City Council: how to participate.

In honor of MLK Day, I will repost this blog entry in the hopes that this encourages more local participation in city government.

2012 is an important election year not just for our nation, but for the city of Oakland. I’ve heard there are 5 council seats up for grabs in November, a burgeoning recall effort of the mayor..and who knows what else might be put on the ballot.

Take the time to read this post and learn how you can get involved.

Council chambers are packed during a Council meeting on pot. July, 2010. Read article by The Bay Citizen here:

Today we celebrate Martin Luther King Jr’s Birthday. A prominent leader of the civil rights movement, King led protests, marches, and made numerous speeches towards the advancement of African American people.

The culmination of his efforts led to the ending racial segregation and the passage of the Civil Rights Act of 1964.

Racial harmony hasn’t quite been achieved but now we are allowed to participate in the process of making things better. Unfortunately, a lot of people take this for granted.
I choose to do my part by learning as much as I can about what is going on in Oakland’s local politics and sharing it with the world!

Last week, I attended my first set of Oakland City Council meetings and boy was that an experience. Each session that I attended  deserve posts of their own.

Today, I would like to share how you can participate in city council meetings. Please note that all of this information can be found in detail on the Oakland City Council Website:

First, the Oakland City Council is the governing body that makes decisions for the city. They approve the city budget, adopt ordinances (laws) and each member represents the citizens who live in their district and elect them to office. Oakland has seven districts with one at large member. Look at a map which outlines all seven districts here! Basically, the City Council is Congress at the local level.

The priorities of the City of Oakland, as agreed upon by the City Council and the Mayor, include:

  • Increasing public safety by reducing crime and violence.
  • Fostering a sustainable and healthy environment by investing and encouraging the use of clean energy. They are also supposed to provide programs that support the mental, spiritual and physical health of it’s residents. Yay!
  • Increasing Economic development by developing and maintaining businesses that will attract people to the city.
  • Community involvement and empowerment
  • Help facilitate private and public partnerships
  • And to deliver government services with openness and efficiency.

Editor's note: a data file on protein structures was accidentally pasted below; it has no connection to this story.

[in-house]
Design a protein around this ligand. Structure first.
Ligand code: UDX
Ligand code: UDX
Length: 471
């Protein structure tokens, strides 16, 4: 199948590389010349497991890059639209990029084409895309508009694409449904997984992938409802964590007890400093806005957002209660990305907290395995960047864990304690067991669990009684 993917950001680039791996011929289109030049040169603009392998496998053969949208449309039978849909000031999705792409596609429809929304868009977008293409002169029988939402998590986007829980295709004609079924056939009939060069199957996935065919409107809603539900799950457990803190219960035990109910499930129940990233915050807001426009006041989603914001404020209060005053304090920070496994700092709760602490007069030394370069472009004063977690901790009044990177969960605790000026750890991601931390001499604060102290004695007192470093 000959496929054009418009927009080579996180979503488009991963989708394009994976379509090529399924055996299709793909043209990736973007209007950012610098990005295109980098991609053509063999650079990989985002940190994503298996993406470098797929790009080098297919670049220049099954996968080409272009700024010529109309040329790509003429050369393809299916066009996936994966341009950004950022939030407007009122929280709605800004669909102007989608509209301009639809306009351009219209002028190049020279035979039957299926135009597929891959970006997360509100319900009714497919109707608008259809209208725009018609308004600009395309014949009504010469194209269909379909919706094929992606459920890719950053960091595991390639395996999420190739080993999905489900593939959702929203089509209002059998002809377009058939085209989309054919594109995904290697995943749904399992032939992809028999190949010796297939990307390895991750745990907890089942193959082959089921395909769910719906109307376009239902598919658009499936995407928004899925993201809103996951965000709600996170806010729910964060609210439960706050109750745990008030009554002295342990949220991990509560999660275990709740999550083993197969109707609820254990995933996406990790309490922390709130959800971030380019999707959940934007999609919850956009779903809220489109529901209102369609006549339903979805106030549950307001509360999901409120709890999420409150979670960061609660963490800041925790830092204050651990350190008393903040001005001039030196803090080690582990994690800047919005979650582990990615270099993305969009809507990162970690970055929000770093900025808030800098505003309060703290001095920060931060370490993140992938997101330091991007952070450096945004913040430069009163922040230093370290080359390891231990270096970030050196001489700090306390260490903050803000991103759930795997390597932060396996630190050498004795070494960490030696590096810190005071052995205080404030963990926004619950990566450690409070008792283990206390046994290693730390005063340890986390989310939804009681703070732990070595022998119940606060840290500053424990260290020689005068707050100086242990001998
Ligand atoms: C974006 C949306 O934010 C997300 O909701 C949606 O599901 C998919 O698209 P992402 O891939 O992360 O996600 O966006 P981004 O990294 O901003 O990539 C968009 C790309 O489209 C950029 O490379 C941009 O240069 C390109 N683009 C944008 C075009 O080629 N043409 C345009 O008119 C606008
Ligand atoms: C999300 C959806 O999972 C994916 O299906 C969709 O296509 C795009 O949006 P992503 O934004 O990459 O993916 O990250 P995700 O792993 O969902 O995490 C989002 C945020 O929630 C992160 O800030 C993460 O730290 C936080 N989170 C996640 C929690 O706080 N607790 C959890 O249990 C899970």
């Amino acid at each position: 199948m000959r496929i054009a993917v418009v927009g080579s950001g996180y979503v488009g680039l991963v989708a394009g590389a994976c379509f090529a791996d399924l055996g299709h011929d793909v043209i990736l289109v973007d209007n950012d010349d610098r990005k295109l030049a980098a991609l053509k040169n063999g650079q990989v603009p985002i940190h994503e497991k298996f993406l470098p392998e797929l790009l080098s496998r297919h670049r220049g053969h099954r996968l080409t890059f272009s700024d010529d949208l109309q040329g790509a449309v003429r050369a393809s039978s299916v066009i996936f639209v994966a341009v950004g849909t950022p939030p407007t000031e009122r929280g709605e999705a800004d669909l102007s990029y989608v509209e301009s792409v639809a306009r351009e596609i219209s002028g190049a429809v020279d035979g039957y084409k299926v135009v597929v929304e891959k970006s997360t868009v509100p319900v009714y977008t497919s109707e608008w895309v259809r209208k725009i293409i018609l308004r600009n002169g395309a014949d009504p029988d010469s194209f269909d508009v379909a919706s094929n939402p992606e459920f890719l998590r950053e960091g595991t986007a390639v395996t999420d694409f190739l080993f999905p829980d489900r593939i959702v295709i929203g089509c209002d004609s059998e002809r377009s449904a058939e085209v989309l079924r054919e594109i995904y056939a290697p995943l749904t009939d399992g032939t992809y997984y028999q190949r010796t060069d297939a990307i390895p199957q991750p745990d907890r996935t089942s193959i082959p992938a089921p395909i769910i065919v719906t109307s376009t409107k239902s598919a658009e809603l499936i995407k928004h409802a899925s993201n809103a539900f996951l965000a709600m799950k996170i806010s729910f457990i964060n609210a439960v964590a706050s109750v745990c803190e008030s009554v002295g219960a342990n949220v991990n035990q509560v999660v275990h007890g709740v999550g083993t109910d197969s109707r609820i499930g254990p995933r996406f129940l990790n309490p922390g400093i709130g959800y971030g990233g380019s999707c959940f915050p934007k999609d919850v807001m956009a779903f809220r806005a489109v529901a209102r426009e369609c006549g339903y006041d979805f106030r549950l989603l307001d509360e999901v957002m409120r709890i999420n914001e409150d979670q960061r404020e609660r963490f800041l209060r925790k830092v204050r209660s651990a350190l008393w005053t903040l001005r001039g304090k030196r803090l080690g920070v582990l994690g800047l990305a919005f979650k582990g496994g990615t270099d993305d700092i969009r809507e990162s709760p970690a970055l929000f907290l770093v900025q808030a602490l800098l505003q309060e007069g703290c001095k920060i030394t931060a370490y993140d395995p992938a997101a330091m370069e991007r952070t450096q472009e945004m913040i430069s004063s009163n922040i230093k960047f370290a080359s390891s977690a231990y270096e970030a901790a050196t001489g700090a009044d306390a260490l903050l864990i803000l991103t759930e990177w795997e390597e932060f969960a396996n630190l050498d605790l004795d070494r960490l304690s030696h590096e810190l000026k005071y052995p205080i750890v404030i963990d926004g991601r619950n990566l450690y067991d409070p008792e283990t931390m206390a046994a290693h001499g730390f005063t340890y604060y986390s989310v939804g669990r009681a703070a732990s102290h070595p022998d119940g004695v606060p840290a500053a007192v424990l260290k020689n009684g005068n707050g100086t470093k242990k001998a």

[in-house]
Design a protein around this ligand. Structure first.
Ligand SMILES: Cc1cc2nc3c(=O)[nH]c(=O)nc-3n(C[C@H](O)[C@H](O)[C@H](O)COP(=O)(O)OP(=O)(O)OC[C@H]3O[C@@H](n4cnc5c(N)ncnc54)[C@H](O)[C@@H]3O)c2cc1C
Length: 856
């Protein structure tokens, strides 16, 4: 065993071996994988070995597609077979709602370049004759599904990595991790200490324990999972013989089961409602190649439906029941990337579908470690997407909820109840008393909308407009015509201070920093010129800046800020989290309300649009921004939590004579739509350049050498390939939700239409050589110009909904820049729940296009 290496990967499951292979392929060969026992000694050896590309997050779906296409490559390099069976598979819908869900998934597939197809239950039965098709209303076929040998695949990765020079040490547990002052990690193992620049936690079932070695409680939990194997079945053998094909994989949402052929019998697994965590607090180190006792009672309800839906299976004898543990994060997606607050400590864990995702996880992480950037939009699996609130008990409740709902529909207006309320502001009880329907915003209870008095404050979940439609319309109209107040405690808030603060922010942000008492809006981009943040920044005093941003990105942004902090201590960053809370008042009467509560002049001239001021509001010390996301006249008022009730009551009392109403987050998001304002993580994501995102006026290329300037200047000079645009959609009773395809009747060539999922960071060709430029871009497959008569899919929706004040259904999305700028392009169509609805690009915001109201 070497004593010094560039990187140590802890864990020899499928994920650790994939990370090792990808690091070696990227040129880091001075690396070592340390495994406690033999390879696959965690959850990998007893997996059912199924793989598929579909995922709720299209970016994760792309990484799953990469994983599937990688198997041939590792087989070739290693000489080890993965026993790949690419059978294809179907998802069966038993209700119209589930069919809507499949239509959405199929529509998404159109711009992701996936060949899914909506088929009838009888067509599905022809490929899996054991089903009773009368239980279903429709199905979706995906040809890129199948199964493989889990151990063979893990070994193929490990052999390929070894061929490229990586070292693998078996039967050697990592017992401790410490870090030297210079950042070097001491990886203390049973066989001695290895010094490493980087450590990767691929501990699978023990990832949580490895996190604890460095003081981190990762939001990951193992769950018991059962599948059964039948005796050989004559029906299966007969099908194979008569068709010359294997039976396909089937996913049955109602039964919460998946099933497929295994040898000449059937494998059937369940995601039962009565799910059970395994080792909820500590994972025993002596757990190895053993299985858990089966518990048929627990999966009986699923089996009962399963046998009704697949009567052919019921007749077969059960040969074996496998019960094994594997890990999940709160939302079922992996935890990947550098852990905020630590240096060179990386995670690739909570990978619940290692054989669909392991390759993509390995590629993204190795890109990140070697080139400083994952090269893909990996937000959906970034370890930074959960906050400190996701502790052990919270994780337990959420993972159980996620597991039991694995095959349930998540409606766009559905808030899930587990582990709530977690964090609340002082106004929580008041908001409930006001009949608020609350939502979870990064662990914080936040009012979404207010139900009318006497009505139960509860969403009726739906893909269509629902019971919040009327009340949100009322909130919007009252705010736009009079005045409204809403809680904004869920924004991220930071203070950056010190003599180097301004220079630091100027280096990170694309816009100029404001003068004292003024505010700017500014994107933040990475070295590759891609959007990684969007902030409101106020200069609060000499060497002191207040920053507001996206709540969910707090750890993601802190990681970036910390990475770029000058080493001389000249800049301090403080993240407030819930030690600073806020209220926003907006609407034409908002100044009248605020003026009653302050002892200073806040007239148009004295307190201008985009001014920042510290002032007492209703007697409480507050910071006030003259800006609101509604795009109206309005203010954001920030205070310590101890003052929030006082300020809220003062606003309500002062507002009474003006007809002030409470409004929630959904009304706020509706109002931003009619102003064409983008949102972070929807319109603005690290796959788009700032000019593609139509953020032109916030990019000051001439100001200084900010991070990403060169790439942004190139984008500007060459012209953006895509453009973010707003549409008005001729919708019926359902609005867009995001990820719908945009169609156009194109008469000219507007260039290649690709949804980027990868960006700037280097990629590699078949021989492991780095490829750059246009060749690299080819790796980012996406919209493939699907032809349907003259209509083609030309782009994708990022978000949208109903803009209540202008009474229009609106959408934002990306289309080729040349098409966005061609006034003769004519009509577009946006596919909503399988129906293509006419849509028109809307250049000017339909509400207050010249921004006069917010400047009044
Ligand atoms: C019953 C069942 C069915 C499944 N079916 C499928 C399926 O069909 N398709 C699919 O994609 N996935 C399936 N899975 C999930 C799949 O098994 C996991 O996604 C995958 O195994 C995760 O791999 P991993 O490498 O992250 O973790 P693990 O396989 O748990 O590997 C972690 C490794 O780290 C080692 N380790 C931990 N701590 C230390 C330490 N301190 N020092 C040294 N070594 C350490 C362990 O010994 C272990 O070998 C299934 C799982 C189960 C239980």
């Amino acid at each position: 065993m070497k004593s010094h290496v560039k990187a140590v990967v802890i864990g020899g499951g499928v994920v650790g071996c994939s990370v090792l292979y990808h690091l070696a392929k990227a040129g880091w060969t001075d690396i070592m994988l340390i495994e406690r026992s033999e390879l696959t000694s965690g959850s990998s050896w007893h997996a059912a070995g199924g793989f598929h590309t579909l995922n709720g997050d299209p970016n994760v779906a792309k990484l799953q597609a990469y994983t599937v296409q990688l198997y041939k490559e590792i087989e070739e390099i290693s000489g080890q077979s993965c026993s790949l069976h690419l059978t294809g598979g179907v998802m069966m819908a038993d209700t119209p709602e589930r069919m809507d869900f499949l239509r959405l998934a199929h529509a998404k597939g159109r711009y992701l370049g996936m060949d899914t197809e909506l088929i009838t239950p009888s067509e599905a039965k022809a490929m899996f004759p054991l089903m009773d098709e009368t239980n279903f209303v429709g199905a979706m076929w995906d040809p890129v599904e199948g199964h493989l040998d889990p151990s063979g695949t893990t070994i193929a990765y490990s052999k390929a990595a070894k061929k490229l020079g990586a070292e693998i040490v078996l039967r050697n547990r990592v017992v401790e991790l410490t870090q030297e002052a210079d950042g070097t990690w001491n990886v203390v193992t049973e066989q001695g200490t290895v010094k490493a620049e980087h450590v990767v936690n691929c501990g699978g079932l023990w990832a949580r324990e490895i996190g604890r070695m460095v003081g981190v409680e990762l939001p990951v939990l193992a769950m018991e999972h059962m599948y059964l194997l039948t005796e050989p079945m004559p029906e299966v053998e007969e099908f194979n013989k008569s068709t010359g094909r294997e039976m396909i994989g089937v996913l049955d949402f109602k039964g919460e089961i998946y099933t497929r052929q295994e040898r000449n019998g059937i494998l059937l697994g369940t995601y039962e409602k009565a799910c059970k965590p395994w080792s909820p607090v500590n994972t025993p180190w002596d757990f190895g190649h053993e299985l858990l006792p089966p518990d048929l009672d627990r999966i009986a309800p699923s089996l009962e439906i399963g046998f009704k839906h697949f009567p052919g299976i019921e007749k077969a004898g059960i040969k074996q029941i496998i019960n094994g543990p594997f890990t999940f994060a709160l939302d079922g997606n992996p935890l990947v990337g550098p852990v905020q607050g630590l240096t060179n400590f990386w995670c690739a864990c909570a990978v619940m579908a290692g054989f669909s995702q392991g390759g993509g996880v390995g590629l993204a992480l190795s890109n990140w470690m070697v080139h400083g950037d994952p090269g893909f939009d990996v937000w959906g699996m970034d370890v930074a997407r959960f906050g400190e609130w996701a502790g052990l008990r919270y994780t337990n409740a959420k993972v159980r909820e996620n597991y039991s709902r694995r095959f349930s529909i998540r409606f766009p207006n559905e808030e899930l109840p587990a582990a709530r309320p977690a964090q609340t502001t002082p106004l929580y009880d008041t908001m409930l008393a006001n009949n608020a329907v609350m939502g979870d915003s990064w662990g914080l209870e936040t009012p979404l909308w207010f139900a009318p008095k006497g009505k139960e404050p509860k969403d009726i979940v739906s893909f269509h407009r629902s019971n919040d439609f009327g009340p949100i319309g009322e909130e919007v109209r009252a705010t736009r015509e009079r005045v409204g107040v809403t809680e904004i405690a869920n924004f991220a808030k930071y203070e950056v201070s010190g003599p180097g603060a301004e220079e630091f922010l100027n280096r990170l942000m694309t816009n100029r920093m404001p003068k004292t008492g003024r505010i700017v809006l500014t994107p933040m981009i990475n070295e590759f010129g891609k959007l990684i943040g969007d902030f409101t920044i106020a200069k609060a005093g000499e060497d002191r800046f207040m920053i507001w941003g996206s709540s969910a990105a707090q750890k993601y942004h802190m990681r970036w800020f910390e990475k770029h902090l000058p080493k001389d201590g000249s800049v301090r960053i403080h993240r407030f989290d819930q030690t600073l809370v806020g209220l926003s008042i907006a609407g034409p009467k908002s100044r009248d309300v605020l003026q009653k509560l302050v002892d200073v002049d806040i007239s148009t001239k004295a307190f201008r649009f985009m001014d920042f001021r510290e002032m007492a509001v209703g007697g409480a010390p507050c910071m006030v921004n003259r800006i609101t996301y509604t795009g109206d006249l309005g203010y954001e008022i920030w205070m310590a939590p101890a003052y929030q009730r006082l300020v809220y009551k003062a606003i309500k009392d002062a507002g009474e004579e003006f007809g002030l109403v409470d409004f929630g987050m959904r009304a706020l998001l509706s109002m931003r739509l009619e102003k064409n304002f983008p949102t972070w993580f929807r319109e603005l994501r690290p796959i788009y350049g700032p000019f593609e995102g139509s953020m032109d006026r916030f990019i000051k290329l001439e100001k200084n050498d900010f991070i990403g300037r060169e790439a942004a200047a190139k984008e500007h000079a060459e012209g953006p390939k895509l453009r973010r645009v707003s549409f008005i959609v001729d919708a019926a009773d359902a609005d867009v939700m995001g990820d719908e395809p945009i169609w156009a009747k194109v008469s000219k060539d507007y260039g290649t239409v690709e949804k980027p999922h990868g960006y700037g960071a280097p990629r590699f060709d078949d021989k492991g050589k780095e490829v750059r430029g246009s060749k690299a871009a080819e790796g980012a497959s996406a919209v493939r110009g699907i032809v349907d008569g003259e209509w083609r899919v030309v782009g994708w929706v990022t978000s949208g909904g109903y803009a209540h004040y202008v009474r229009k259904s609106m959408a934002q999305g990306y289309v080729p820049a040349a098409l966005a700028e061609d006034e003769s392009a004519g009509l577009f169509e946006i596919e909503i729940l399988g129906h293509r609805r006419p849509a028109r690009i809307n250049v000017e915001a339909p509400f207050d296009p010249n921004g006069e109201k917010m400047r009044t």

The Council meets every 1st, 3rd and 5th Tuesday every month at City Hall. They meet pretty much all day, from 10:30 am – 7:30 pm. The meetings are broken into 7 different committees: Public Works, Finance and Management, Community and Economic Development, Life Enrichment, Education Partnership, Public Safety and Rules and Legislation. You can find the meeting schedule and download the agenda here.

According to rules and procedures, anyone is allowed to attend meetings and to comment on items found on the agenda. This is where we can participate in the process and make our voice heard. You can make suggestions on future ordinances, request funds for a city program, or share your opinion on a key vote that can affect your city or neighborhood.

You are allowed to speak on each agenda item. If you want to address a concern that is not on the agenda, you request to speak in Open Forum, which occurs at the 6 pm hour and lasts for 15 min. In order to speak on an agenda item and/or Open Forum, you have to submit a speaker’s card to the City Clerk beginning noon Friday before the meeting and until 6 pm the day of the meeting. You can download a speakers card and find more information by clicking here.

Given that the Council meets during a regular business day, it’s understandably difficult for those with jobs to come to a meeting. However, if there is a chance that you have a free day, going to a city council meeting is a great way to find out exactly what is happening at the local level and being a part of the process. You can also hold the people you vote into office accountable.

Because of the efforts of the Martin Luther King, Jr and those part of the Civil Rights Movement, every American citizen has the right to participate in the running of their government. Let’s not let those efforts go in vain. The simplest way to honor them is by voting. However, if you can take the time and learn about how Oakland is run and be a part of the process, you will not only do historical activists proud, you can potentially make Oakland a better place to live.


Leave a Reply

Your email address will not be published. Required fields are marked *